It also describes 
    the interior diameter of a shotgun barrel ("12 gauge", "14 gauge")
    the exterior diameter of an electrical wire ("16 gauge" "8 gauge")
        NOTE: for both of these, the larger the number, the smaller the
actual dimension 
    the spacing of track rails ("Narrow gauge", "broad gauge") 

Grant Hogarth 
Equis International - A Reuters Company
ghogarth at / Grant.Hogarth at 
Direct: (+1) 801.270.3180   Main Fax: 801.265.3999
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-----Original Message-----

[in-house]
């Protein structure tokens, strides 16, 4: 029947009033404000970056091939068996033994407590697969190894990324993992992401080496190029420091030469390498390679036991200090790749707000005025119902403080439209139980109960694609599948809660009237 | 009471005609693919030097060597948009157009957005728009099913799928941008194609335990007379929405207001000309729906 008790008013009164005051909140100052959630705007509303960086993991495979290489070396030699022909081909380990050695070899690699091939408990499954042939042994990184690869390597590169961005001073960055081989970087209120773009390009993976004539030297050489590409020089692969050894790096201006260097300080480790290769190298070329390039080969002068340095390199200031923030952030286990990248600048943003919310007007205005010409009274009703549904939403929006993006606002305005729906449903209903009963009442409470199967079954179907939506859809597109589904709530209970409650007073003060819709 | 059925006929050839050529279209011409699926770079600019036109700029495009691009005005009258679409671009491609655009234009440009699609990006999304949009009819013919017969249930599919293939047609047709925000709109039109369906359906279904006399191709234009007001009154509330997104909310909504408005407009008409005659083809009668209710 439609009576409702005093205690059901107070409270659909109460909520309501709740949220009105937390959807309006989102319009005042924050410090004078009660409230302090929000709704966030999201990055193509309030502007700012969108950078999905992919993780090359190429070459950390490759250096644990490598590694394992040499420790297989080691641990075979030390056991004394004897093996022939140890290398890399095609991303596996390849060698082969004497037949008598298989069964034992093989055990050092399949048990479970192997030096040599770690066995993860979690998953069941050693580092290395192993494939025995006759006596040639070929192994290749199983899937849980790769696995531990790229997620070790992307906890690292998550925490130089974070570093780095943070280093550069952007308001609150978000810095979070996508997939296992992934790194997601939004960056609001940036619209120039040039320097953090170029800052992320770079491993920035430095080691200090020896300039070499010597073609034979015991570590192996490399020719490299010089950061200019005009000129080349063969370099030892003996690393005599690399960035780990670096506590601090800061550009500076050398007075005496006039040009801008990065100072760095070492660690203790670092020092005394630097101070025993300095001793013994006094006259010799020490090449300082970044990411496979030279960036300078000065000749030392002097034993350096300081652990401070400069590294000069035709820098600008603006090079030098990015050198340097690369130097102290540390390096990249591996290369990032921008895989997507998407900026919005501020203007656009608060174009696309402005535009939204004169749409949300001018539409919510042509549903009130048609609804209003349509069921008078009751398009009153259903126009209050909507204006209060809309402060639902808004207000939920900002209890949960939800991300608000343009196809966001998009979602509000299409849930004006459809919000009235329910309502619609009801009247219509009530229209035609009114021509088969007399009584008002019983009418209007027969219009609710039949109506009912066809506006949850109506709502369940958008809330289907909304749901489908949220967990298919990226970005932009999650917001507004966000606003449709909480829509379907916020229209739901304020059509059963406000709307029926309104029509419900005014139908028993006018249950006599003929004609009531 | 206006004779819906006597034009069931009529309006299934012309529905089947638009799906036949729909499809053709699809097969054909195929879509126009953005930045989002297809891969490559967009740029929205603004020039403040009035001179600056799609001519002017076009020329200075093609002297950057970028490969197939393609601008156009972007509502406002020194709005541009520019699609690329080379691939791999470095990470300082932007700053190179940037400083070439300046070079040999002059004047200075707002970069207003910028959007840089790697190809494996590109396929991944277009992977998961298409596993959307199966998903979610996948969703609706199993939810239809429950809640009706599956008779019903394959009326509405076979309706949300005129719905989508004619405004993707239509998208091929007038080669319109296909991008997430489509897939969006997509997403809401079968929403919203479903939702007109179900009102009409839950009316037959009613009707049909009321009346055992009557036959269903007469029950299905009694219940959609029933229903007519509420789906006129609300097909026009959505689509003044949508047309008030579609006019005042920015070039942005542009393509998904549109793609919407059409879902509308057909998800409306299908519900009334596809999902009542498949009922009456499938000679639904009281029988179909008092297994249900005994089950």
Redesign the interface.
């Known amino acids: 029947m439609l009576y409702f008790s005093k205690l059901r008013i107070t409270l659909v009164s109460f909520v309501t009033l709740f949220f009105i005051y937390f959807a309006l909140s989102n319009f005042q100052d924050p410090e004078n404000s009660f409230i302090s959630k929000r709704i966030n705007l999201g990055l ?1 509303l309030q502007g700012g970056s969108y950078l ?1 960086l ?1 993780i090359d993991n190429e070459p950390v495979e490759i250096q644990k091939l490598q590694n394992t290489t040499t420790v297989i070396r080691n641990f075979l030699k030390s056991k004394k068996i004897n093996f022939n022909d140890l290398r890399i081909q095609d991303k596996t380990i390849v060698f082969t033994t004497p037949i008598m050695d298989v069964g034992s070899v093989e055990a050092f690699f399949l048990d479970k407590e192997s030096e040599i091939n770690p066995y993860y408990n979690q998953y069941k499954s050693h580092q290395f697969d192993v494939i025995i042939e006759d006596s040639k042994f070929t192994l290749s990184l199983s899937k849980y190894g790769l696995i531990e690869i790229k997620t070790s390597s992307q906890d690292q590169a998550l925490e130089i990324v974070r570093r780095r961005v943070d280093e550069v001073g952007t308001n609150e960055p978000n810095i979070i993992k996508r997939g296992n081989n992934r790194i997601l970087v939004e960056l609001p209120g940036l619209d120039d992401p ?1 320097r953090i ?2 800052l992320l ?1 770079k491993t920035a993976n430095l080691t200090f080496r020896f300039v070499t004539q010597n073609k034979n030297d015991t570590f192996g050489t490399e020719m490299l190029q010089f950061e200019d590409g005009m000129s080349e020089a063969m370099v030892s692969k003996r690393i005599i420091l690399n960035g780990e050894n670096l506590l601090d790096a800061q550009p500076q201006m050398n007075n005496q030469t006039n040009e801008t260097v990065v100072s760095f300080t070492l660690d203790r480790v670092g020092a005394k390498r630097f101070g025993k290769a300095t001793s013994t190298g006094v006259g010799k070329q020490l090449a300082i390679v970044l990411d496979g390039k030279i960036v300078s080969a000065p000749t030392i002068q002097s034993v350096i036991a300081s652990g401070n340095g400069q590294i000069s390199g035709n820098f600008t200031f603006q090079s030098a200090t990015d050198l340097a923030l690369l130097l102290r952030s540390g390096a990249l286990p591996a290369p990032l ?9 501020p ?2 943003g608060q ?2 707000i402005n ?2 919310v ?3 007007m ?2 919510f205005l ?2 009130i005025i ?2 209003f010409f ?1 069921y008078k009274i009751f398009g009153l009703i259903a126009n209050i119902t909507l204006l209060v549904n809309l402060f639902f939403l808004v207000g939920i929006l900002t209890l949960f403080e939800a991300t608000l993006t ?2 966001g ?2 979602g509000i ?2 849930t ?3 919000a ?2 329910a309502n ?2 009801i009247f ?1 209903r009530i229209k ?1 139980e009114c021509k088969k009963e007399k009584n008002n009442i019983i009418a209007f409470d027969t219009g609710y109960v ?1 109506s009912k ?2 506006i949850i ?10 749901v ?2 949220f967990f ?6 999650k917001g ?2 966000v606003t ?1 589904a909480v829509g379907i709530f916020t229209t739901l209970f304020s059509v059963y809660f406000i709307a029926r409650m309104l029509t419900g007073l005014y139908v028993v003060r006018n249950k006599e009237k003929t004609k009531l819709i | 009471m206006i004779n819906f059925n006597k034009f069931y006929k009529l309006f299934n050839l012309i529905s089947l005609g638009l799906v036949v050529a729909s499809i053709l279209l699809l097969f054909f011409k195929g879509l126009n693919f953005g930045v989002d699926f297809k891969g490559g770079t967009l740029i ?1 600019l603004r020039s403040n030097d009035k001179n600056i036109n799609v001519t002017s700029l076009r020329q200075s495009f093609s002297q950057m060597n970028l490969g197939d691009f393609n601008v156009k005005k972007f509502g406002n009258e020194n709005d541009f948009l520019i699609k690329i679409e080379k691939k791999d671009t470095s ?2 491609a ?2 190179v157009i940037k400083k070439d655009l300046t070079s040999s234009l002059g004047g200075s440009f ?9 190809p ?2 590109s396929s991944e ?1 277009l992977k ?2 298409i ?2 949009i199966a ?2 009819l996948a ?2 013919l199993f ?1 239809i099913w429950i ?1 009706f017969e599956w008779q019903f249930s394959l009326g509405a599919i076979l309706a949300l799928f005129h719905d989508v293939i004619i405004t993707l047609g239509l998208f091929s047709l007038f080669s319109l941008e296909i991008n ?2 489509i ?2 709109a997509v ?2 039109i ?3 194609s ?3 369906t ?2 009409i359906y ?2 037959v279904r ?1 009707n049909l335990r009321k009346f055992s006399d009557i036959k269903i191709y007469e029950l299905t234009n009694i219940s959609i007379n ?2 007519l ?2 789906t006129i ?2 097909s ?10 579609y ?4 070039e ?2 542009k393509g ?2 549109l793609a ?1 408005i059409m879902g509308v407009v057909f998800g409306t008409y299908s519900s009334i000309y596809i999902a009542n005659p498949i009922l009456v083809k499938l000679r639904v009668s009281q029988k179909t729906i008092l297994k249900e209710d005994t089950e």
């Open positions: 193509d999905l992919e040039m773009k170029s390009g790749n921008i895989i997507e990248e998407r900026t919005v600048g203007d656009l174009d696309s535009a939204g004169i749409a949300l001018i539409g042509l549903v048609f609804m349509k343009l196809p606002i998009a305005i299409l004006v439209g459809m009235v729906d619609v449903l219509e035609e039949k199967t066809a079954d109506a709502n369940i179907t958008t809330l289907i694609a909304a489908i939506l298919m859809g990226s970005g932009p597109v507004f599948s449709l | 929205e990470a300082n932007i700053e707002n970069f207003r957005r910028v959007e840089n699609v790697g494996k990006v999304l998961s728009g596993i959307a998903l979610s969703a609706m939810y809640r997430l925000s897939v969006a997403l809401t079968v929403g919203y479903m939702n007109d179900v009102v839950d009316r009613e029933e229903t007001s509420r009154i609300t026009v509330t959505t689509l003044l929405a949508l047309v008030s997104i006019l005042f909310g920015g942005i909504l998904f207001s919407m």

[ at]
On Behalf Of Chad LaCroix
Sent: Wednesday, January 25, 2006 10:24 AM
To: Jackie Samuelson; framers at
Cc: techwr-l at
Subject: RE: Gage vs. Gauge

Jackie wondered:

"Does anyone have a very specific definition and set of examples that
differentiate GAGE and GAUGE?"

I'm no pro on this by any means but I found this by Googling and thought
that it might be applicable -->

"Gage, Gauge- Gauge is the spelling used in Great Britain but finds some
use in the U.S. It is chiefly found for nonlinear measurement
instruments (fluid gages, etc.). However, it is finding increased use
for coordinate measuring machines where it designates a device with a
proportional range and some form of indicator."

HTH a lil'



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